In terms of working from home, lunch is a perfect natural division. Divide up your work into morning and afternoon sessions, with lunch as a relaxing physical and mental refueling interlude. Eat protein, vegetables, and some fruit, and you won’t be sleepy after lunch (avoid high starch meals or risk a “burrito coma” or a similar affliction).

3. Set your priorities the night before.

This exercise should take all of about two minutes. Sometime in the evening, decide what the most important work items are for the following day. I like to pick three, but it’s probably just as effective to only pick one.

The advantage of determining the day’s priorities the night before is that it gives your subconscious time to ruminate. Instead of slowing figuring out what you should be doing that day, you’ll wake up with clarity of purpose and some concrete ideas regarding how to complete the tasks at hand.

4. Use exercise as a neurological enhancer.

The physiological benefits of exercise (improved blood sugar regulation, strength gains, increased bone density, improved cardiovascular health) are well known and well researched. There’s also a growing body of research showing that exercise prevents (and can reverse) dementia and depression.

There is less research (though there is some) in regards to how exercise benefits workflow and productivity. In my experience, frequent short exercise breaks vastly increase my productivity, ability to concentrate, and quantity of ideas generated.

This is a real perk to working from home. In an office environment, I wouldn’t feel comfortable getting up and shadow-boxing, or throwing roundhouse kicks, or swinging a 40 pound metal weight in wide arcs. I might go out for a quick walk, but I wouldn’t do squats or pushups in a cubicle or break room. In my home office or back yard, I can do whatever I want. Sometimes I practice with my wooden two-handed longsword. Sometime I throw a reflex ball against the wall as part of my ninja training. When I return to writing, programming, or music production, my mind is more alive. I can work with more focus, problems seem less intimidating, and I have more ideas.

One last thought on this topic — there are tremendous health risks from sitting too much. Take advantage of your work-from-home situation by arranging at least one of your work areas as a stand up space.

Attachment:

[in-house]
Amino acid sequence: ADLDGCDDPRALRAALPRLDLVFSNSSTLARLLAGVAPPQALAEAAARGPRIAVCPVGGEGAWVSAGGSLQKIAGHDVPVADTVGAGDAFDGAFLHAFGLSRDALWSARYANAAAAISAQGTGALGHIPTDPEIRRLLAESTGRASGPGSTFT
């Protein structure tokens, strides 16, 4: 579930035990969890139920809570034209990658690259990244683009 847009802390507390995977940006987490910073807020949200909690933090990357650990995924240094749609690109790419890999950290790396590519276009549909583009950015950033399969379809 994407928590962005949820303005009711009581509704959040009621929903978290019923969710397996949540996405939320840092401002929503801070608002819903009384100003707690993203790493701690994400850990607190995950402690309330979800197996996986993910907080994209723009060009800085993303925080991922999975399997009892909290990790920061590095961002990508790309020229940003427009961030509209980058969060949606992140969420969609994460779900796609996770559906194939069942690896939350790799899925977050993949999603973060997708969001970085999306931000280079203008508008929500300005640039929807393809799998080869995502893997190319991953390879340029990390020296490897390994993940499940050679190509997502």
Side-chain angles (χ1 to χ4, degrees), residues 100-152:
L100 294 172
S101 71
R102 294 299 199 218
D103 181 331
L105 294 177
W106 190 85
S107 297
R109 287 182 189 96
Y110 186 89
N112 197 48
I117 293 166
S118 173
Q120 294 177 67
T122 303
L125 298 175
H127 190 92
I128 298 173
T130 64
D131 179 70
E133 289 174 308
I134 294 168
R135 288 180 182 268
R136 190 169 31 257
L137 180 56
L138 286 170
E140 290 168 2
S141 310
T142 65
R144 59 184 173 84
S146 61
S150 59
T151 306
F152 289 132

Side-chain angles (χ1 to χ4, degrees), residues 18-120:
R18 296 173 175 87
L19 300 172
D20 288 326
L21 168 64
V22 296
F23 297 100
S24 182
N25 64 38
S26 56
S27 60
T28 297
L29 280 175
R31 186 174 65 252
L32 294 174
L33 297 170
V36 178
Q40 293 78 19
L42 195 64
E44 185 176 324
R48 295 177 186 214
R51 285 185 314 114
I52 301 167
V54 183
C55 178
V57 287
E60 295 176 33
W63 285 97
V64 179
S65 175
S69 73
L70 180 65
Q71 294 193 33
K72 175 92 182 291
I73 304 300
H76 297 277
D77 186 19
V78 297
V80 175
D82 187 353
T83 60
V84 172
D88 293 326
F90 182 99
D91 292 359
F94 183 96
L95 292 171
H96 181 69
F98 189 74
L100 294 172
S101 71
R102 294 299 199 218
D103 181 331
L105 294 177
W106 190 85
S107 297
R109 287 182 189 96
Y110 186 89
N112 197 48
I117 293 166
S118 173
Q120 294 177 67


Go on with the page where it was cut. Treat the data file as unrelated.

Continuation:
5. Use distraction to your advantage.

At various times I’ve tried to strictly limit (or even eliminate) distractions like Facebook, reddit, phone calls, online news, and even household chores and errands that need doing.

Ultimately I’ve found that I’m more productive if I focus more on completing tasks than avoiding distractions. If I feel like I need a break, I just take one. This happens many, many times a day. Sometimes I’ll work for an hour without a break, but more often I’ll do a short ten or fifteen minute chunk of work and then take a short (five to ten minute) break.

Does that mean I spend up to half my time taking breaks? It does.

I keep a very loose rein on myself, but I always have the big picture and the details in mind. I have accepted my own nature as a fidgety, authority-hating, boredom-prone, stimulation-seeking primate, but I’ve learned to work with what I’ve got. I know I’m unlikely to work very many hours in any given day, so I try to make the work I chose to do count.

If I find myself taking too many breaks and avoiding the work, it doesn’t mean I need to increase my self-discipline and force out distractions. It means I need to become more engaged with the work, or choose more engaging work. It means I need to challenge myself more, take bigger risks (creatively), learn more about the subject, and/or get some outside input (fresh eyes and fresh ears).

6. Invest more time in social planning, and planning vacations, sabbaticals, and other routine-breaking activities.

I test as moderately introverted on the Meyers-Briggs test. In real life this means I crave both solitude and social interaction. Working from home supplies all the solitude I need. Being married, having a kid, and working on music with my co-conspirators provides a good amount of “built-in” social interaction, but not as much as a job with co-workers would provide.